In a way I envy the BGH residents’ training, because as technology continues to advance and make the delivery of anesthesia easier and safer in North America, I think we become so dependent on our machines that we start to lose our clinical skills. There is a relatively new device we use for airway management called the Glidescope, for instance, that uses a video camera for endotracheal intubation. A trained monkey can intubate with this thing, and when that secret gets out no one will need anesthesiologists anymore. But hasn't that always been the central problem with technology? Who needs to develop any skill to memorize anything when you always have access to the internet and Google, for instance. And writing cursive script has become a lost art. Kids these days don't know how to even read it anymore, but they can sure text with their thumbs like crazy!

[Photo credit to Katya Palladina]


Ating Tahanan: Our Home in Baguio

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The mission volunteers all stayed at a place called Ating Tahanan, which is the Girl Scouts of the Philippines National Campsite and Training Center in Baguio. It was built back in the late 1950s in order to give the Girl Scouts a place to camp in a cooler climate during the hot summer months. The complex is comprised of a number of guesthouses as well as a couple centrally-located meeting and dining halls. I didn't expect such luxurious accommodations.

You might have noticed that in this picture of the Guesthouse they still have their Christmas lights up, at the end of January, including a lighted paról, or star-shaped Christmas lantern. It is an icon of Filipino Christmas. The Philippines celebrates the longest Christmas season in the world. It extends all the way up to Valentine's Day! (At least we saw plenty of Christmas decorations still up on Feb 14th.)

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Katya and I checked into a large corner room on the upper floor of Guesthouse 1, a three-storey log cabin building which used to be owned by Senator Rogelio de la Rosa. The interiors of the rooms of Guesthouse 1 were covered with polished wood. On both the 1st and second floors is a central room with a stone fireplace and a full kitchen, which came in handy when we wanted to cook for ourselves.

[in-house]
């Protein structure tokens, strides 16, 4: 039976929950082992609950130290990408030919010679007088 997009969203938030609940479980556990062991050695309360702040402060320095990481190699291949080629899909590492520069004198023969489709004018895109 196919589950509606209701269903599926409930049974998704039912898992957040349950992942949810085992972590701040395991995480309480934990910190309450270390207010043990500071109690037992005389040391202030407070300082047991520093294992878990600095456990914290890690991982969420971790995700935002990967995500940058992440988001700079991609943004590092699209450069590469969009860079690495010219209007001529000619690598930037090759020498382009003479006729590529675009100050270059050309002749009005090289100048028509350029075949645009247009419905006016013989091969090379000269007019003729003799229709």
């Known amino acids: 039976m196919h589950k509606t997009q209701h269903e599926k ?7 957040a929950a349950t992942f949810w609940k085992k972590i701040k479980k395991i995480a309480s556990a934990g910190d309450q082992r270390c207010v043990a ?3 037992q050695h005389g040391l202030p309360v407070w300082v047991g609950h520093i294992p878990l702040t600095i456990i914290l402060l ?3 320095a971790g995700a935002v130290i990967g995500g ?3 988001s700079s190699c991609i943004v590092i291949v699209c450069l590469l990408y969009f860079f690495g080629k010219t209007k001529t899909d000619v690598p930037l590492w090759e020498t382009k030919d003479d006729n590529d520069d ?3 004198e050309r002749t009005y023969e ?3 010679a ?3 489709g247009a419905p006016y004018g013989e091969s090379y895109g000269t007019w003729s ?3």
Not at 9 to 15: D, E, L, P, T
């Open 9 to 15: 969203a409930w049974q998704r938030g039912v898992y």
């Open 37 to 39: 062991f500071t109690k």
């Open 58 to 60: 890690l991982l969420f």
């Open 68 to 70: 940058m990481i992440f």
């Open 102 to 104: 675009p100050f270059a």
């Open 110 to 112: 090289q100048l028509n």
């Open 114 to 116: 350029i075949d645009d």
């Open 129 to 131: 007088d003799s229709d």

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Before he became a senator, de la Rosa and his wife Carlota (Delgado) de la Rosa were a popular acting couple who burst into stardom in the Filipino movies of the 1930s. Although the movie industry slowed down during WWII, de la Rosa became even more popular in the postwar era. By 1948 he was the highest paid Filipino movie actor.

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Ating Tahanan is located on South Drive close to Camp John Hay. Although it’s in a park-like, wooded area, far above the crowded neighborhoods, you still wake up to a cacophony of crowing roosters and barking dogs, and occasionally to the smell of burning garbage. It took us about 20 minutes to walk to the hospital, and we would leave early to get there at 7AM. I had some close calls crossing streets on the way to work Traffic can be especially thick around the hospital and you can’t assume that people will stop for you even if you are at a crosswalk. Because Katya usually had to bring along a heavy tripod, camera bag, and laptop, we usually took a taxi which was easy to flag down on South Drive in the morning. The taxis are metered and it cost us between 53 to 57 pesos to get to the hospital. American country music is popular among taxi drivers in Baguio.

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There are no traffic lights in Baguio. The ones that you do see there are derelict and missing lightbulbs -- evidence of past futile attempts at controlling the chaos. Despite that, the traffic keeps moving through the intersections and traffic circles. Filipinos are crazy drivers but follow a “give and take” philosophy which explains why you actually don’t see many accidents.